Saturday, April 30, 2011

Ministerial Responsibility, the PAP and the General Elections

We are in a rather curious position in Singapore whereby the General Elections this year could become a referendum on the performance of individual Ministers.

There exists in Commonwealth countries and more particularly in the United Kingdom, the convention of Ministerial Responsibility. The basic premise of the convention is that Ministers are individually accountable to Parliament for their personal conduct, the policies they device and the failures of their respective Ministries. This accountability manifests itself in the form of Parliamentary scrutiny and questioning and often calls for Ministers to demonstrate such responsibility and accountability by resigning from their posts. This would often depend on the severiity of the Ministerial failing.

Three ministers in Singapore could be said to be in line to be held accountable for policy failings or mismanagement: Wong Kan Seng, Mah Bow Tan and Vivian Balakrishnan. Their respective failings in terms of the Mas Selamat escape, the Housing issue and the YOG budget could have been occasions for some blood-letting in countries like the UK. Ministerial resignations may have been in order based on the constitutional concept of Ministerial responsibility.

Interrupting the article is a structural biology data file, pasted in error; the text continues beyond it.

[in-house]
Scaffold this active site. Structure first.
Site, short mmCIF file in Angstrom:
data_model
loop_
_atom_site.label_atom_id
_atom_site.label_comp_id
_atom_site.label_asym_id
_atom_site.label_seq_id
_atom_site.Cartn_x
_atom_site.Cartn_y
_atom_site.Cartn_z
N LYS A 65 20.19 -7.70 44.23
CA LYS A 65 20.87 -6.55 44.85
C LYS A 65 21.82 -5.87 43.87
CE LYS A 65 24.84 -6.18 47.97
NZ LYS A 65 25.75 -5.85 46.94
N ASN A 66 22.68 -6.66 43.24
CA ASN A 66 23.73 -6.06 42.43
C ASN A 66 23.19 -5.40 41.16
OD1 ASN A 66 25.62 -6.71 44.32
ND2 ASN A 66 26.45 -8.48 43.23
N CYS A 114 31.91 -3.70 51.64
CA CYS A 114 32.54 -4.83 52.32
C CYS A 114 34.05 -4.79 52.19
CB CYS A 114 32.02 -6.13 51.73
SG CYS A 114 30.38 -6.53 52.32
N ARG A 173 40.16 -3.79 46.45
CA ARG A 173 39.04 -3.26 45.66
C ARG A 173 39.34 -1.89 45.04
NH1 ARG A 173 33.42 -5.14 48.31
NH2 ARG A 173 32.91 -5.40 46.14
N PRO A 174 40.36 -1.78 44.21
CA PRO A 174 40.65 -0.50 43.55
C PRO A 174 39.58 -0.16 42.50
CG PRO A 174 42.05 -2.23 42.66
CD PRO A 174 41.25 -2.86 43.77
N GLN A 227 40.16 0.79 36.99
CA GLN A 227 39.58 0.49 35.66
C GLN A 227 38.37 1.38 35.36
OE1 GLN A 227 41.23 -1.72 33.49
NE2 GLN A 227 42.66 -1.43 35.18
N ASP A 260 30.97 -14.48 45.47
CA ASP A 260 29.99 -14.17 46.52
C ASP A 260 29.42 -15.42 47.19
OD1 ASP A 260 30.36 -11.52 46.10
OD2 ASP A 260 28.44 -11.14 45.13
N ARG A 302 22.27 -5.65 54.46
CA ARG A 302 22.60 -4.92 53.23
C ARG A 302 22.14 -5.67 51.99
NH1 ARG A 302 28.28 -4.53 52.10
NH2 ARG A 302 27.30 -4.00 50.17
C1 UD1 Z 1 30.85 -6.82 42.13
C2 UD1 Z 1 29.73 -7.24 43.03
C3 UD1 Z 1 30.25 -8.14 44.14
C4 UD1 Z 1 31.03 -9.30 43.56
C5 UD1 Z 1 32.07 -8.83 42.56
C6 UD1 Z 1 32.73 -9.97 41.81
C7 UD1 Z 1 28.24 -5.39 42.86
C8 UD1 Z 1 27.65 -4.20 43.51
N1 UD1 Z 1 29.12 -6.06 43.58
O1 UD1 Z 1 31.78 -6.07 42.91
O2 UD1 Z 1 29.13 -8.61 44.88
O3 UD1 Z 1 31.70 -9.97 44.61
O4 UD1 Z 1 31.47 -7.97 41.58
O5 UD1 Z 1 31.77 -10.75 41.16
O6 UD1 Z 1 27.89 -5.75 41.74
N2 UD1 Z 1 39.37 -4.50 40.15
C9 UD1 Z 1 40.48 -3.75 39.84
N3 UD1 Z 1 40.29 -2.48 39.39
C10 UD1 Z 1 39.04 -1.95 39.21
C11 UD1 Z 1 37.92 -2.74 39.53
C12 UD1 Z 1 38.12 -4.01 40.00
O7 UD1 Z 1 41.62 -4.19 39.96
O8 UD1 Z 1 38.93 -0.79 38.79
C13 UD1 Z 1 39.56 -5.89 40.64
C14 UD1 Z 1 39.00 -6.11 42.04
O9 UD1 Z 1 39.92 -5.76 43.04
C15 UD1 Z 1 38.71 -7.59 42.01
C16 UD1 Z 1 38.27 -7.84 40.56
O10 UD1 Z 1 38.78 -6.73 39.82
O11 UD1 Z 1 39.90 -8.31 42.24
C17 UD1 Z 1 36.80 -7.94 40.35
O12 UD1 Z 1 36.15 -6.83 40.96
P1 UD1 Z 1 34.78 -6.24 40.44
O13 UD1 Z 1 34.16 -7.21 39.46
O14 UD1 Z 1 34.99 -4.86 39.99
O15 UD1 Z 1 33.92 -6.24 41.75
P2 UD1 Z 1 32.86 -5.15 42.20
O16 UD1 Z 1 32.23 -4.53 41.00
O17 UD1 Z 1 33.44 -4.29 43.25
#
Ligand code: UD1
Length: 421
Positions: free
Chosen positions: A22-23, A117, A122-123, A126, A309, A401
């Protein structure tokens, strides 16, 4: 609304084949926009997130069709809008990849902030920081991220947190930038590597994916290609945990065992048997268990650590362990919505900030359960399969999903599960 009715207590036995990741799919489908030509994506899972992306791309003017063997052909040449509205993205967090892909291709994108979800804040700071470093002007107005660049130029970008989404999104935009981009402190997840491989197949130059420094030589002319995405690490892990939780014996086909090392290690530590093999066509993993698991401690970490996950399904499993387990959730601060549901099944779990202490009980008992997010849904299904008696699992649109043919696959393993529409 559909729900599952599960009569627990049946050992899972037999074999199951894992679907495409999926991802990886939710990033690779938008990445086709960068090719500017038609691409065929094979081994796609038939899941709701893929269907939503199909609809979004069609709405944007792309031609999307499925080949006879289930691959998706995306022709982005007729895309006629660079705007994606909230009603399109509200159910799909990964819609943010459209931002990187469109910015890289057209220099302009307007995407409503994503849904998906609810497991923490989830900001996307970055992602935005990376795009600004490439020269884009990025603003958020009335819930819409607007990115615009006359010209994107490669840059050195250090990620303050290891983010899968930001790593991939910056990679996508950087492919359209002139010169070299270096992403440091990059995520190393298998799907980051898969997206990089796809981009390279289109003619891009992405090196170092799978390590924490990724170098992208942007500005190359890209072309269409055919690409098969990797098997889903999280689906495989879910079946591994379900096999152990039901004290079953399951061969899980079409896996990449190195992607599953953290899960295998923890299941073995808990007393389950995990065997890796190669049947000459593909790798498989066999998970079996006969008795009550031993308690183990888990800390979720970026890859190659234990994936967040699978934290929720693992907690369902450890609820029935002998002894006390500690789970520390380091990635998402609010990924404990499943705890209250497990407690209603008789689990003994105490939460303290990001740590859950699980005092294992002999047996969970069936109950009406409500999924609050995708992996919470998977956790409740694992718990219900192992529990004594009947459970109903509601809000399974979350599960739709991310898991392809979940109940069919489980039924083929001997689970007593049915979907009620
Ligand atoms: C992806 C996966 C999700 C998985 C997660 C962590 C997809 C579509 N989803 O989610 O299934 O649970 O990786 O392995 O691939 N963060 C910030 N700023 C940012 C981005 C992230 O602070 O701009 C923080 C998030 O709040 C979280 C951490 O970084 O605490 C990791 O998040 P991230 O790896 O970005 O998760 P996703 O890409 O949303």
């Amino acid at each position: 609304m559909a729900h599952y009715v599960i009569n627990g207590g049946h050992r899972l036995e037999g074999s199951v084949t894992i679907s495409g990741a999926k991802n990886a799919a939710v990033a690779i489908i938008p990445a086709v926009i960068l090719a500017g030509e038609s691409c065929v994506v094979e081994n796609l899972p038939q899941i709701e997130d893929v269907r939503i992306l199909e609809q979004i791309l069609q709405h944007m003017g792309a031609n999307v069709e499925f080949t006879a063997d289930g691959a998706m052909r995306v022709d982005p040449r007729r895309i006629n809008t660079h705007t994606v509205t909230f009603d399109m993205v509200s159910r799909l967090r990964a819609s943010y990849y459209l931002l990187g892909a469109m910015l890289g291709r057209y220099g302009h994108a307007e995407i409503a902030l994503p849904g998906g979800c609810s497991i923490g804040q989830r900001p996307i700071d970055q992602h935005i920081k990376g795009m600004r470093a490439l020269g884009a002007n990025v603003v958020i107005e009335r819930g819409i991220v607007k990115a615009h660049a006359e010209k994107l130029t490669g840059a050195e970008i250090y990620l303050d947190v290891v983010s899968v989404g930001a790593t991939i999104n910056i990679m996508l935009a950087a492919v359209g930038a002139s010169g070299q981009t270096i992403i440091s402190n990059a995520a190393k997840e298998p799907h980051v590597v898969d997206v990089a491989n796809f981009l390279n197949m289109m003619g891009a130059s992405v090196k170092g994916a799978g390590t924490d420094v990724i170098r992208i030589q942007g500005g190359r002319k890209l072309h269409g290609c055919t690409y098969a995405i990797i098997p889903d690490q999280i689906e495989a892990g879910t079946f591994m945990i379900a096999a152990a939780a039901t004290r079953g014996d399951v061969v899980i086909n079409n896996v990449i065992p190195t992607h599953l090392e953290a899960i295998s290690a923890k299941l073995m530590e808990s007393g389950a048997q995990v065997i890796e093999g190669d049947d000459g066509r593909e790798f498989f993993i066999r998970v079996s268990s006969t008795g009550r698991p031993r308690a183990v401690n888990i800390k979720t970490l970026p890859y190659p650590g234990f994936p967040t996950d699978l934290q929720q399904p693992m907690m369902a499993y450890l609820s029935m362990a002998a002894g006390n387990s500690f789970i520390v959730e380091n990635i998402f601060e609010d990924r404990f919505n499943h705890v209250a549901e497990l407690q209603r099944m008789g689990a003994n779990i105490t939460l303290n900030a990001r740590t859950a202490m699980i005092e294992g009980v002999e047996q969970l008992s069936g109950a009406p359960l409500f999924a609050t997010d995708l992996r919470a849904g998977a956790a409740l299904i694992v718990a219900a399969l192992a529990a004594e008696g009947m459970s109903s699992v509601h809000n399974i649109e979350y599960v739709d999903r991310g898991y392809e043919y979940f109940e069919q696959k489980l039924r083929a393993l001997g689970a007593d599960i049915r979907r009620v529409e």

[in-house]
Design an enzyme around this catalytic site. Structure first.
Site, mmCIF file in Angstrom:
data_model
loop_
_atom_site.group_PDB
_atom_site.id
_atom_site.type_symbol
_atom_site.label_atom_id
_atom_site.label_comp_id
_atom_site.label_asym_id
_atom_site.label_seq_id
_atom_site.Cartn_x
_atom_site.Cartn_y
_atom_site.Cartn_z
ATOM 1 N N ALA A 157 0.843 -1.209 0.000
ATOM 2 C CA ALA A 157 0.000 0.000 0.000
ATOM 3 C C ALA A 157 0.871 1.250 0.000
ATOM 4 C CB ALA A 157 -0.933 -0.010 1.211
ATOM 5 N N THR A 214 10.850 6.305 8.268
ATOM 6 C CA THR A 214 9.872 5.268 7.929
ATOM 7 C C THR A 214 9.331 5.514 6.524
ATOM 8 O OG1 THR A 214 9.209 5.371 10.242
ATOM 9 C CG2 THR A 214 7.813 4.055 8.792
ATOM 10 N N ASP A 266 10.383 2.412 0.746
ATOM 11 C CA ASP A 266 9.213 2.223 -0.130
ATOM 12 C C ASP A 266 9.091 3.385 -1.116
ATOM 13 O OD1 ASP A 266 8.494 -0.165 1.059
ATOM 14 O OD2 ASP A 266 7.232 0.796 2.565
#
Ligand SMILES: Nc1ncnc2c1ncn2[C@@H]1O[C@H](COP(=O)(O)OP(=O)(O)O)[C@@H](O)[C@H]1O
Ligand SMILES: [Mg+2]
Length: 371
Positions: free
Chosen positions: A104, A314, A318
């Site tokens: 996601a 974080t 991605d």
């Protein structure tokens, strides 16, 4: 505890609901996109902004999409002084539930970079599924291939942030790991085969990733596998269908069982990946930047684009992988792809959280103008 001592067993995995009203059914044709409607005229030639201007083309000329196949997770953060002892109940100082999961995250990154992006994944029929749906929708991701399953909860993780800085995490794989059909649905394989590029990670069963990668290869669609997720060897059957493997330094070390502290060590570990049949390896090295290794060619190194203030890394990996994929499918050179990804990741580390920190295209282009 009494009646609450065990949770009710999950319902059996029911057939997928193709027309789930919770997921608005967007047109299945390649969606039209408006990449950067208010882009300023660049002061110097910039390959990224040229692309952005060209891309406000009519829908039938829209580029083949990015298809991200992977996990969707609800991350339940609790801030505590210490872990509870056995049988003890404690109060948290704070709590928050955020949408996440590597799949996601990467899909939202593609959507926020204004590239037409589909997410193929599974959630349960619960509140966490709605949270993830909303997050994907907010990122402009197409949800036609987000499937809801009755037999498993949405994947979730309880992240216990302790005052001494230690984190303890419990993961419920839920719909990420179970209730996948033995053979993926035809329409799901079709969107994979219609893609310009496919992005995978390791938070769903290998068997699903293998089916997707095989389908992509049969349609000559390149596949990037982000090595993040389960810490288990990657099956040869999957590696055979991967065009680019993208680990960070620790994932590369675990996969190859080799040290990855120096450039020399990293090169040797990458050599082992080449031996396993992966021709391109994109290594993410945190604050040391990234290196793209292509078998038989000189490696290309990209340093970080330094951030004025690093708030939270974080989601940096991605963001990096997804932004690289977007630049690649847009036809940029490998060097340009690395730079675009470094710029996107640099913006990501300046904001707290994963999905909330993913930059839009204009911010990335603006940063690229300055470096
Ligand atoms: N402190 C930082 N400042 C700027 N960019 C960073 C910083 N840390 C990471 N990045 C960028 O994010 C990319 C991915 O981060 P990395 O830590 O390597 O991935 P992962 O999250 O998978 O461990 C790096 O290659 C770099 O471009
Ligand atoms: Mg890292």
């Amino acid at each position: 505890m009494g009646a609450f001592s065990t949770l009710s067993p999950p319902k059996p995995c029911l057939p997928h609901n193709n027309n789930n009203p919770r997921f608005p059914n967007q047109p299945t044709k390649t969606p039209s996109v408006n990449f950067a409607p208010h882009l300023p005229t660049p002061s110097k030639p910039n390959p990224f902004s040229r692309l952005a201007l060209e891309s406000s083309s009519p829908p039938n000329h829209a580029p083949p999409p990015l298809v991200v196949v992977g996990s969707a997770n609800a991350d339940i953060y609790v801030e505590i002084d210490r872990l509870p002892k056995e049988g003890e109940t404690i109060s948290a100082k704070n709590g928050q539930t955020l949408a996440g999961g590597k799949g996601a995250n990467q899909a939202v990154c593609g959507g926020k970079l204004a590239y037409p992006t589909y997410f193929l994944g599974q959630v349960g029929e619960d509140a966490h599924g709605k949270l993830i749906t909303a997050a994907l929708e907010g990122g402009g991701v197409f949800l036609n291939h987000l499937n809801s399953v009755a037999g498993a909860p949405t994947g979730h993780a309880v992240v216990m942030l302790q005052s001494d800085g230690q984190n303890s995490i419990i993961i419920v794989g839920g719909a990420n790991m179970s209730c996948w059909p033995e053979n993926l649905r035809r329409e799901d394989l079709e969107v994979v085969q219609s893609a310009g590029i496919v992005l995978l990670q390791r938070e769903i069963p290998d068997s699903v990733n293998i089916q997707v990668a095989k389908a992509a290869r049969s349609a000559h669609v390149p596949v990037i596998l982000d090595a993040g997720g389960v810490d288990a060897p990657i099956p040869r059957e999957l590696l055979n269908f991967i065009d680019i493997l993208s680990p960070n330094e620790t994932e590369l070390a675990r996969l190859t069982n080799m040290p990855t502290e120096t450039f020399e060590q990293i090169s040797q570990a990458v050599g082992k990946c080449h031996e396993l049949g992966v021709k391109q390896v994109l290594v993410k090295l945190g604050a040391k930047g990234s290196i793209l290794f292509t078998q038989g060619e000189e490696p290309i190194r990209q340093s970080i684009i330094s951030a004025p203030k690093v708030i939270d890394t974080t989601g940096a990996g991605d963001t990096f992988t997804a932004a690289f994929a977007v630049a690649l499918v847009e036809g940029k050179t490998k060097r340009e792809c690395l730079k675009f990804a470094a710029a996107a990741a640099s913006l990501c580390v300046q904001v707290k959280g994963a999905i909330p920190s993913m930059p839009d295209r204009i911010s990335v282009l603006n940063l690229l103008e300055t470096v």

In Singapore, the 3 Ministers have escaped unscathed. Given that the PAP has an overwhelming majority in Parliament, it is virtually impossible to operate some sort of Ministerial responsibility convention in Singapore. But, Ministerial responsibility in countries like the United Kingdom is a practice that evovled from political pressures rather than a rule that was created for deliberate and consistent enforcement. Given that we are following the Westminster model of government in Singapore, one might expect the convention to apply here as well. However, the political reality of one party dominance has meant that Ministerial responsibility is not a concept that is alive and well.

But, given the way that the election battles are shaping up and the way that opposition teams in the GRCs are angling their arguements, I wouldn't be surprised if Bishan-Toa Payoh GRC, Tampines GRC and Holland-Bukit Timah GRC results represent a form of referendum on the performance of the Ministers. The opposition parties have not been pushing on such an agenda. Nevertheless, it is clear that in many of the rally speeches, the YOG budget, the Mas Selamat escape and the affordability of housing has become a constant refrain.